getting started with macrame – supplies & tutorials

macrame supplies -

Want to know my favorite sources for macrame supplies AND 3 easy tutorials for beginners? Better grab your coffee and a comfy chair, ’cause here goes…

If you’re eager to jump on the macrame bandwagon but not quite sure where to start, look no more. And, by all means, don’t go searching through your mom’s dusty books from the seventies for guidance. Today’s macrame is refreshingly different. Trendy, yes, but also artistically executed with a modern approach. 

(This article contains affiliate links, but I only promote products I love!)

workroom supplies

If you ever plan to weave a wall hanging, you’ll be faced with the dilemma of where to hang your work in progress. I’ve tried every feasible tactic, from hanging rings on doorknobs to balancing poles across the backs of my dining room chairs. I have 3 suggestions for you:

Improvise.  Tie a rope from each end of your pole, drape it over the back of a door and fasten it to the knob.

macrame supplies -
Photo via

S hooks.  Two little hooks would have saved me a lot of aggravation, if I had known about them sooner. Hang them over a door, or use them in a variety of ways to hold your macrame pole. These are the ones I suggest.

macrame supplies
Photos via Modern Macrame

Clothes rack. If your interest in macrame is more than a fleeting curiosity, you may want to invest in a metal rack. Paired with S hooks, it provides a perfect workplace for your projects, big or small.

macrame supplies
Photo via Modern Macrame

Here are some of my favorites:

macrame supplies

  1. Heavy duty steel garment rack, rod extends to 75″, 200 lb wt capacity, castors, $44.95
  2. Songmics rolling clothes rack, both height & width adjustable, castors, 66 lb wt capacity, $29.99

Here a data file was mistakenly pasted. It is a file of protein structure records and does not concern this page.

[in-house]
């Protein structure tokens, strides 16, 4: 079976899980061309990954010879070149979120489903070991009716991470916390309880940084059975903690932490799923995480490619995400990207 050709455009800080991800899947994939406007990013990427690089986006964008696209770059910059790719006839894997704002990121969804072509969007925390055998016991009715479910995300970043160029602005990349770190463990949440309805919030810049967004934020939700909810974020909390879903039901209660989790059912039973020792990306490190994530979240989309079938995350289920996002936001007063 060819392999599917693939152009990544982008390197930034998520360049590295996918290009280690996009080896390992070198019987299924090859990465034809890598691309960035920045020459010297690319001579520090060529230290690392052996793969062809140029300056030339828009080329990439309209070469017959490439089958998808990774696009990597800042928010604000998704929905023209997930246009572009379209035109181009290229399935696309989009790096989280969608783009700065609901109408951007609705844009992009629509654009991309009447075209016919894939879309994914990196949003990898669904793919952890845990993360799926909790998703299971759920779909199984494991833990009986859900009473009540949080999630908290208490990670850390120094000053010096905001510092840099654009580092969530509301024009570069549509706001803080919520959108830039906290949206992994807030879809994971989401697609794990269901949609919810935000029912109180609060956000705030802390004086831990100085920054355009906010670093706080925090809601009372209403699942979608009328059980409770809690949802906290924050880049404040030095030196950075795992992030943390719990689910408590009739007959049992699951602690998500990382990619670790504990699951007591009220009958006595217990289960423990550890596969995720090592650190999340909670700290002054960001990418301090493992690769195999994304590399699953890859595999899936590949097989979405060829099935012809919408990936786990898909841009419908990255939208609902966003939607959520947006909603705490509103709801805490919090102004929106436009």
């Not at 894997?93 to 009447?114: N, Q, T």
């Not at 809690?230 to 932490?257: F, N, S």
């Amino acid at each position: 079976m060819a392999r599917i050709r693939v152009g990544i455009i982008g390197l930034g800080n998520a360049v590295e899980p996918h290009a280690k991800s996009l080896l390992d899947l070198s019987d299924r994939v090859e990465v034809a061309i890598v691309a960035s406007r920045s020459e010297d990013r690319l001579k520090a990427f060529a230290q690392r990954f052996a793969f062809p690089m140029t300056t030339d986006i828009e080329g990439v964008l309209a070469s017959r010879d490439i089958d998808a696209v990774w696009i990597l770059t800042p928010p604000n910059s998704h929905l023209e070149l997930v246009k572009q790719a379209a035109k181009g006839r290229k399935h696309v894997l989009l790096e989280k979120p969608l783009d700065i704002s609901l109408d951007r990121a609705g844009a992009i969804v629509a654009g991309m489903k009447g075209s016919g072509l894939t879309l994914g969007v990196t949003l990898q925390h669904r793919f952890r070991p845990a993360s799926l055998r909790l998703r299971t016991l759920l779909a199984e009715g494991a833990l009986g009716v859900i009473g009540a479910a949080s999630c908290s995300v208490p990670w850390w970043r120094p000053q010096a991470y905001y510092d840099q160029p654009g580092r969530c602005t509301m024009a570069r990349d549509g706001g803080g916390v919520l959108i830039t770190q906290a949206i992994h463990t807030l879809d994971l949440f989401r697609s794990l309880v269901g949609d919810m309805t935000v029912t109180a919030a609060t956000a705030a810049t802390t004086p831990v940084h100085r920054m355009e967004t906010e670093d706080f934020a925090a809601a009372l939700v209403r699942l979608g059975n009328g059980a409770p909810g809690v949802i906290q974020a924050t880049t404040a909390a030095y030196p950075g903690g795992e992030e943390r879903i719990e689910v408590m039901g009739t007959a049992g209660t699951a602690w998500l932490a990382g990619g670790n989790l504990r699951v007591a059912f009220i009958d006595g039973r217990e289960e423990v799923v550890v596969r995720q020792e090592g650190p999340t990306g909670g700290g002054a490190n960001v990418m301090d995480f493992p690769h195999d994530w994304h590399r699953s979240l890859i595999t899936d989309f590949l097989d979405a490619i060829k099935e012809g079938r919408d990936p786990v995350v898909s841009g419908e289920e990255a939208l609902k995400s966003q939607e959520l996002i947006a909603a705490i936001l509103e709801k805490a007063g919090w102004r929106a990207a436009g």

3. Simple Houseware commercial garment rack, width extends to 75″, 250 lb wt capacity, castors, $49.87
  4. Single Rail ballet bar clothing rack – Pipeline Collection, castors sold separately, 220 lb wt capacity, $92.50 (I love the rustic look of this one & the height adjusts up to 72″)

I’m continuously on the hunt for cording and rope at economical prices. Currently, these are my go-to places for rope basics:

Cotton rope. For small and medium projects, I think this 3/16″ clothesline rope at Amazon can’t be beat. It works well for planters and small to medium sized wall hangings.

Nylon rope.  For macrame projects that will be used outdoors, I like this nylon rope from Amazon. 

Polypropylene cording. To restring lawn chairs and other similar outdoor projects, I like Bonnie Craft Cord by Pepperell. For lawn chairs, you will also need 2 size Q crochet hooks. I prefer this brand. When I’m unable to find the colors I want on Amazon (love their prices!), I check out Pepperell Crafts. They carry a wide range of cording and macrame supplies.

Colored rope.  I’m still looking for more sources in a variety of colors, but I do like this cotton rope from Modern Macrame very much. The colors are lovely, and the ends fray beautifully for tassels. 

(For more detailed information on selecting the right type of cording, read my post Tips for Planning Your Next Macrame Project.)

Now, what do you say we move on to some great beginner tutorials? 

plant-hanger tutorial for the beginner

macrame for beginners -